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Poor Laws Bastardy Papers

The ancient Germanic tribal custom was that a man was responsible for all children that were "his" until they became contributing members of the community. Obviously, some men stepped up and carried their responsibility and others shirked it or denied that the children were their's. But there was little privacy in a village and the whole community expected a man to do his duty. Some time prior to the 1600s, England began to formalize the process to protect the children of unwed mothers.

Note: Not all mothers needed a formal agreement for the care of their child. A man might make an agreement with her to pay some small amount each month until the child reached a certain age (typically 16). These were private agreements, oftened designed to protect the public character of both parties, and records of such agreements are almost non-existent. These agreements continued to be made after the Poor Law changes of 1834 went into effect.

Bastardy Bonds/Agreements determined which adult male was to support a child. Where a child was without parents, the parish would try and find an apprenticeship for them to relieve the burden on the parish funds. Not just the poor used the Apprenticeship system, but there was no record kept for most apprentices outside the poorlaws. These Bastardy Bonds/Agreements can date from 1601 to 1834 and are either in the parish deposits or in Quarter Session records in the Lincoln Archives.

The Poor Law system changed in 1834 when the Poor Law Unions were created. After 1834, bastardy cases were mainly dealt with at Quarter Sessions. After 1839, they were heard in Petty Sessions Courts. The only post-1834 records are Applications for Bastardy Orders for a part of Lindsey from 1849-1889 and for the Caistor Union from 1882 into the 1900s. There is also the Sleaford Petty Sessions Bastardy Order book from 1824-1839 which contains some Bourne Petty Sessions material from 1834. The Quarter Sessions contain Notices to putative fathers up to about 1839 (see Petty Sessions for post-1839). There is one list in the Holland Quarter Sessions files of Orders of Bastardy for 1867, found in an earlier file. All the above have been published by the LFHS, either as indexes or transcriptions (the later Caistor Orders up to 1902 was published in February 2003 in a second Poor Law Miscellany). The Lindsey Quarter Sessions material (including bastardy cases) from 1820 to 1848 is now published and available on microfiche and CD-ROM.

All DEPOSITED bastardy documents have been indexed. There may be some still held in the parishes. [Anne Cole]

Trying to find details of bastardy cases after 1839 is difficult. Bastardy bonds and other parish bastardy documents ceased to be used after 1834 when the Poor Law Unions were created. From 1834 to 1839 the Workhouse administrators initiated bastardy proceedings through the Petty and Quarter Sessions Courts, and from 1839 all bastardy cases were heard at Petty Sessions, and initiated by the mother, who had to produce corroborative evidence to convict the putative father. Unfortunately very few of these Petty Sessions records have survived in Lincolnshire. [Anne Cole]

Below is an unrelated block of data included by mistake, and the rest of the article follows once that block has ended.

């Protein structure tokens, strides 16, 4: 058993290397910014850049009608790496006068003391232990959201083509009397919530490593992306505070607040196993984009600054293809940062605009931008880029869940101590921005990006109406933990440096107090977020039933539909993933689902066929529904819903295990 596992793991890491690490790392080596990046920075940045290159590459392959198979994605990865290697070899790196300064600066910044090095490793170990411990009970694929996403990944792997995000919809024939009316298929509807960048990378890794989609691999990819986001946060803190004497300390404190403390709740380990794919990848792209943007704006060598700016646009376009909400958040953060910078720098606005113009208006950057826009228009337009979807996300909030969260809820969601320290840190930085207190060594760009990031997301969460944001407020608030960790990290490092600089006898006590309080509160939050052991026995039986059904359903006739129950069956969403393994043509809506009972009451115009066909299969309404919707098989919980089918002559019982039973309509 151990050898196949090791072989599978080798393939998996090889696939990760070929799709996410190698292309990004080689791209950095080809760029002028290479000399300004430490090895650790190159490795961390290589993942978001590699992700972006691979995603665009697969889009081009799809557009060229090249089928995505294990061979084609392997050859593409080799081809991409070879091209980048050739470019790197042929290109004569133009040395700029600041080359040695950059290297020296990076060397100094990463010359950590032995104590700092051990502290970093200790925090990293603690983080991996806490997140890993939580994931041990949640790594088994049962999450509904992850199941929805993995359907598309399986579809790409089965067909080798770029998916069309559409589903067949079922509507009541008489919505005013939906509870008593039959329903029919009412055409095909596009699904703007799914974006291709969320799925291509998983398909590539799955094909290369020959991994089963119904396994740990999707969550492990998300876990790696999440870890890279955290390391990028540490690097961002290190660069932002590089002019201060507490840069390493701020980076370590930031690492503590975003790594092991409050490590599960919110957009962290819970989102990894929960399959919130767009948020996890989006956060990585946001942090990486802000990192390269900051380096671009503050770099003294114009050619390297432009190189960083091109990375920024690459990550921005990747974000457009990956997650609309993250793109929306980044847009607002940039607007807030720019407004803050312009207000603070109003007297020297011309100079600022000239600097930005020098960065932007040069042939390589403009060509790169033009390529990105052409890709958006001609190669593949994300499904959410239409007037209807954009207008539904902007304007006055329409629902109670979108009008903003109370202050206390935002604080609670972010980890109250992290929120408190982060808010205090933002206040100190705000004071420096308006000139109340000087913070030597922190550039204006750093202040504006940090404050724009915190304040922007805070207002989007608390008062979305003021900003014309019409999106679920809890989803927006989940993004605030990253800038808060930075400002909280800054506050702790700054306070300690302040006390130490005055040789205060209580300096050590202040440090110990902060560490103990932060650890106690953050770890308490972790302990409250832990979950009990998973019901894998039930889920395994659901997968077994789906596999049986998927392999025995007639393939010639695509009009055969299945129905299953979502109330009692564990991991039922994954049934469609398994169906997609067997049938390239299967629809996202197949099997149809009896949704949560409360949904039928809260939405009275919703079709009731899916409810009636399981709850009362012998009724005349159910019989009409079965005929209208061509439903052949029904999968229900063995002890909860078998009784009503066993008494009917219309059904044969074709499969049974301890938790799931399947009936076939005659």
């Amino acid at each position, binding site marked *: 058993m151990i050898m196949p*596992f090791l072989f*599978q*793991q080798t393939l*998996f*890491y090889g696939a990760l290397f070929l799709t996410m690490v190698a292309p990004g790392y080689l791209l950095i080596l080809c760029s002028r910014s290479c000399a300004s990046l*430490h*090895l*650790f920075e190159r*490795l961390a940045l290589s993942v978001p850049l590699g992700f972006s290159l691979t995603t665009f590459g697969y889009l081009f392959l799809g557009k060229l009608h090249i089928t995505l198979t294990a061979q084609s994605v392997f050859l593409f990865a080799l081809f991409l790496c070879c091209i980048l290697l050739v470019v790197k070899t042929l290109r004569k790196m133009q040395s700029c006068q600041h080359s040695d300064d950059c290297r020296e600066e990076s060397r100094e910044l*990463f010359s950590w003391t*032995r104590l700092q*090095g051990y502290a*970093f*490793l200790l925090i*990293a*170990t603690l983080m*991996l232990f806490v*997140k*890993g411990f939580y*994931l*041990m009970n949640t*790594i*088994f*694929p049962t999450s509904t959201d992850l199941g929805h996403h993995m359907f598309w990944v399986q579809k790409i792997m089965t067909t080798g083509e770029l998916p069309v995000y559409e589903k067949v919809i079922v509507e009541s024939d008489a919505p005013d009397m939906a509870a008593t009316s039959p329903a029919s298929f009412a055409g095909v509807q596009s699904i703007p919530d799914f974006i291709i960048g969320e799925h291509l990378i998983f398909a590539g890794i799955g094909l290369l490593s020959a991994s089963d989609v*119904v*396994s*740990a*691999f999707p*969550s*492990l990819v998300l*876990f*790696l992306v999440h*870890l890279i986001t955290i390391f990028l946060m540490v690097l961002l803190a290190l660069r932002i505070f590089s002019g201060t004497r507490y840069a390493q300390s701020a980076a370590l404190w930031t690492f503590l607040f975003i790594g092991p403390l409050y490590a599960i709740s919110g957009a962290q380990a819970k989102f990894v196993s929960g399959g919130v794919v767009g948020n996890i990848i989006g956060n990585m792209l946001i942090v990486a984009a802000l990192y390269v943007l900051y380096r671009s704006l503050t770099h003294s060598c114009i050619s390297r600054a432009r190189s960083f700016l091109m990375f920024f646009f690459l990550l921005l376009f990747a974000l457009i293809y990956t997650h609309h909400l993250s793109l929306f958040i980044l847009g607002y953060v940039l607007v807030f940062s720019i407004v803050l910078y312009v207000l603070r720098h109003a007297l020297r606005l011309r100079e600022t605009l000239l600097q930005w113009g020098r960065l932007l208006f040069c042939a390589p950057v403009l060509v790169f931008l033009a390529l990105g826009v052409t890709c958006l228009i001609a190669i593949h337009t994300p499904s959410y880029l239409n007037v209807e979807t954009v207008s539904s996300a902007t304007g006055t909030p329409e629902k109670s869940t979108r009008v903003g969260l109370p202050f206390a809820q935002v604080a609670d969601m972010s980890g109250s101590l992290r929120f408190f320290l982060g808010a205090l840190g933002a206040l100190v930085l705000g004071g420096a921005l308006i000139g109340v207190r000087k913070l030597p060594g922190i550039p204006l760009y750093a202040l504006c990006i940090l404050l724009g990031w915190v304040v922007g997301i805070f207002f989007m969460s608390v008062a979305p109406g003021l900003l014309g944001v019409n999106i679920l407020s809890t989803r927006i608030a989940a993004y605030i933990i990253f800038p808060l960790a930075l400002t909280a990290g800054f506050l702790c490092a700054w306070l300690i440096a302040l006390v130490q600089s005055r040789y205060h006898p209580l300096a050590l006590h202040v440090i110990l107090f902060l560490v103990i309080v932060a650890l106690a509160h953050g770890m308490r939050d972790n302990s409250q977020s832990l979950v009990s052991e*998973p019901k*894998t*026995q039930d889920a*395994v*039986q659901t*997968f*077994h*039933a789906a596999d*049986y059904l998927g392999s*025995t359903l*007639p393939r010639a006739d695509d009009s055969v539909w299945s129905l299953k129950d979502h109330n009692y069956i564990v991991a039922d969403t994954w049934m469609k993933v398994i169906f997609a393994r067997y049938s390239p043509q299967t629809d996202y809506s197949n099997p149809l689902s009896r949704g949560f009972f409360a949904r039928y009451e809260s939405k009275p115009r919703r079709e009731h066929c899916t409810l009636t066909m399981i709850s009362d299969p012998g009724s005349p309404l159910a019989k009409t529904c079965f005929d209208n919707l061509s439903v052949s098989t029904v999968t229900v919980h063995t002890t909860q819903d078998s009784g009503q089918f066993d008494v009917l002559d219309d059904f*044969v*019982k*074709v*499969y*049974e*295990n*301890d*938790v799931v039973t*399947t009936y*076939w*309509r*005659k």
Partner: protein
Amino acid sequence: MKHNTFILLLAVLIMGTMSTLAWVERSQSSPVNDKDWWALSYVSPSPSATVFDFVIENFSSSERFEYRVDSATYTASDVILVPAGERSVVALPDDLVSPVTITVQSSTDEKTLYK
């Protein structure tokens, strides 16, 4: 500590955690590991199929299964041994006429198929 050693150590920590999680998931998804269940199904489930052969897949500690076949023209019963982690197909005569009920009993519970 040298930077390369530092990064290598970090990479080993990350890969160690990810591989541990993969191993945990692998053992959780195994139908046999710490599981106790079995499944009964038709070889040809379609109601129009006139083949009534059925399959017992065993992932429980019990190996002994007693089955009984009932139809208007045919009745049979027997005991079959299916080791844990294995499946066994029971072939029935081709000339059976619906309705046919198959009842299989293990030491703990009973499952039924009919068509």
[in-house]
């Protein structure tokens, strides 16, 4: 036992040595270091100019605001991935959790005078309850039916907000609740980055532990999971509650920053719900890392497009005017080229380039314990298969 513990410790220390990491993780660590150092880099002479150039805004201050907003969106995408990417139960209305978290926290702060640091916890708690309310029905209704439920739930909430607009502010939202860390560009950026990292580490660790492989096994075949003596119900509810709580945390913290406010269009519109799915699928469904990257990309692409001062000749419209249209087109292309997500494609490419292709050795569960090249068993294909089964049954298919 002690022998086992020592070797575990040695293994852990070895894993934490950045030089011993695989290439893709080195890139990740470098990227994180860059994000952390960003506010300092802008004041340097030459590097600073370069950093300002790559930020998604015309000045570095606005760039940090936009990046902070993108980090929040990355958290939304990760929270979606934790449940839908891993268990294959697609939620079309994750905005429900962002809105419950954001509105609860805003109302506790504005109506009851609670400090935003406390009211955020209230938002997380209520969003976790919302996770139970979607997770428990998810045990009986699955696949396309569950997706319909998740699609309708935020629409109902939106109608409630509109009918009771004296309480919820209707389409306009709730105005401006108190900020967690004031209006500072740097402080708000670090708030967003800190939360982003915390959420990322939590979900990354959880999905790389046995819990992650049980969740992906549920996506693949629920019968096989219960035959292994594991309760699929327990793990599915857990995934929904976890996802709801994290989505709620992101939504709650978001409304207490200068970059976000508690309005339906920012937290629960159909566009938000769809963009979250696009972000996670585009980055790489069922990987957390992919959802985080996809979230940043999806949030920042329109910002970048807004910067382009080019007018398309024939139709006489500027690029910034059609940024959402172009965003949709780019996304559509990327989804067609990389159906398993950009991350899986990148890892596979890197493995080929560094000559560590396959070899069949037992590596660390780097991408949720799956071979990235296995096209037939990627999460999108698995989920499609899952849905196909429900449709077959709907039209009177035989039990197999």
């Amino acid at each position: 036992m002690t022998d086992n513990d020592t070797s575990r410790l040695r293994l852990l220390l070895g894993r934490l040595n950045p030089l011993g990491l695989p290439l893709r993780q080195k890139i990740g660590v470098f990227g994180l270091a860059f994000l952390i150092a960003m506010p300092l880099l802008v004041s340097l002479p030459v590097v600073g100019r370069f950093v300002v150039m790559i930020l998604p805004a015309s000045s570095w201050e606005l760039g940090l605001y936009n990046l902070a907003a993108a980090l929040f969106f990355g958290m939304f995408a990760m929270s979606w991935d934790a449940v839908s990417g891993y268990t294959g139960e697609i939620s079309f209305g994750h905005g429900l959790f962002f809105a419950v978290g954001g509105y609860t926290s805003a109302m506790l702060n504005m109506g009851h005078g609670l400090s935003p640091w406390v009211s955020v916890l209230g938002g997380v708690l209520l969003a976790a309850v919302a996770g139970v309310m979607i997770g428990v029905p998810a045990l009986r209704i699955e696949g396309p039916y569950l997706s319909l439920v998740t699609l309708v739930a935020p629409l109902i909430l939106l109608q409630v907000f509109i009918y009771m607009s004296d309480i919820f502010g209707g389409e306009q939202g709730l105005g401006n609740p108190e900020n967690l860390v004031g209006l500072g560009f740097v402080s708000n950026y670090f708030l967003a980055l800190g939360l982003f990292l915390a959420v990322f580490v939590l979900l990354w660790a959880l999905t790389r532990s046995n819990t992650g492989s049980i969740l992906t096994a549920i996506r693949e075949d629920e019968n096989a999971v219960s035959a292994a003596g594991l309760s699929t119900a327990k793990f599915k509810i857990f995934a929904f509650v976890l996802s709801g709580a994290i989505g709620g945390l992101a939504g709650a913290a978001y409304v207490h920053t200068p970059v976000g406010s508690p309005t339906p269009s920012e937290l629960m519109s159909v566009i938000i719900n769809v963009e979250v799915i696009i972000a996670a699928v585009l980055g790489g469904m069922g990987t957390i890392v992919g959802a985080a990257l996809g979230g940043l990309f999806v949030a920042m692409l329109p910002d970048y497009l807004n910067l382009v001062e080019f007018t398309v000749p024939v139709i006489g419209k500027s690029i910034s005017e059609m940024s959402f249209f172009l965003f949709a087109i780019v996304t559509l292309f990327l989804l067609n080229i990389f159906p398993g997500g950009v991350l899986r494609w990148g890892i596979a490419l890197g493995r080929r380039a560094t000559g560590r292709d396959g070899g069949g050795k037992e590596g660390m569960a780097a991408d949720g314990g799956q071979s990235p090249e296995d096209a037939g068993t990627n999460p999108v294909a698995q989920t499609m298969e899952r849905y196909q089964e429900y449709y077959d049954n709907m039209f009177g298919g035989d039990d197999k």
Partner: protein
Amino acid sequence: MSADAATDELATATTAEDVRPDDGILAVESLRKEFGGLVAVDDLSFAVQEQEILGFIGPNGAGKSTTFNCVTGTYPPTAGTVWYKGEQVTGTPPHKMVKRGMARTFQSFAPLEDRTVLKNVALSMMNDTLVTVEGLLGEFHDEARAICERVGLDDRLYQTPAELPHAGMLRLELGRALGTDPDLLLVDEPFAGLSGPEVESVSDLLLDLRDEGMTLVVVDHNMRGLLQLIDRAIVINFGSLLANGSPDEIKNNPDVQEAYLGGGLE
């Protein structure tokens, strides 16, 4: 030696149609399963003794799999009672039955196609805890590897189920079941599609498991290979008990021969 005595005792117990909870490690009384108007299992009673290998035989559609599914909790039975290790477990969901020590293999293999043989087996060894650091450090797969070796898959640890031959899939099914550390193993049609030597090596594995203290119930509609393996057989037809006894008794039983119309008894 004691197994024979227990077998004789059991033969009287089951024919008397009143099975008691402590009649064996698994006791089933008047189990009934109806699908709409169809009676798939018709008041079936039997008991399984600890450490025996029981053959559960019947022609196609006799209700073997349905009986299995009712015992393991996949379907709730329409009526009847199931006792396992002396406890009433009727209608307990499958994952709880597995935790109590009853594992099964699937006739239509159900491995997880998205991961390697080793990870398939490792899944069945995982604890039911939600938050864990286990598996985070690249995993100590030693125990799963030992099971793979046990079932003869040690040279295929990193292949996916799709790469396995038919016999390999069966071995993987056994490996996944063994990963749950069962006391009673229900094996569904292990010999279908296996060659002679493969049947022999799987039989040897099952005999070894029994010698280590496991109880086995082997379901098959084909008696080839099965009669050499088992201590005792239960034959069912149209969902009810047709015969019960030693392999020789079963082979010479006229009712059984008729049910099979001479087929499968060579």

After 1844: Only known sources in Lincolnshire are the Lindsey Petty Sessions Bastardy Orders book (after the birth) 1849-1889 (indexed in Poor Law Index Part 6 - Bastardy Documents) and Caistor Workhouse Register of Bastardy Orders 1881-1906 (1881-88 included in Poor Law Pt 6, 1889-1902 included in Poor Law Miscellany Vol. 2). 1903-1906 not published or indexed. Also bastardy cases from the Petty Sessions reports in local newspapers: Lincoln, Rutland & Stamford Mercury 1844-1846 are being published in the LFHS quarterly magazine. [Anne Cole]


Document Types:

The following categories or types of Bastardy Papers can assist the family historian:

If a bastard child died, the overseers of the parish in which it was legally settled would have paid for the burial, even in another parish. This should be noted in the Overseers' Accounts if they survive.

Bastardy payments would have been made until the child was of age to be apprenticed - fourteen at the most. If you have a copy of a bastardy order it should say for how long the money was to be paid. Payment was usually made to the parish supporting the child, but after 1834 some payments were made directly to the mother.



The Lincolnshire Archives hold a great number of these records. For many of them, the Lincolnshire Family History Society has published indexes of the individuals, primarily covering 1703 to 1840. The Holland Quarter Session bastardy fiche is an index to the actual documents, not abstracts like the Lindsey Quarter Session publications. With 31 pages of names (mothers) and another 31 pages of names (fathers) and roughly 60 names on a page there are about 1,860 women and the same number of men listed in that index. That's 1,860 bastardy cases from the Holland area. Sessions were held at Boston and Spalding for most years. The Index only gives the names of the mothers and putative fathers, the sex of the child (if known), type of document, reference and year.


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Last updated on 20-August-2007
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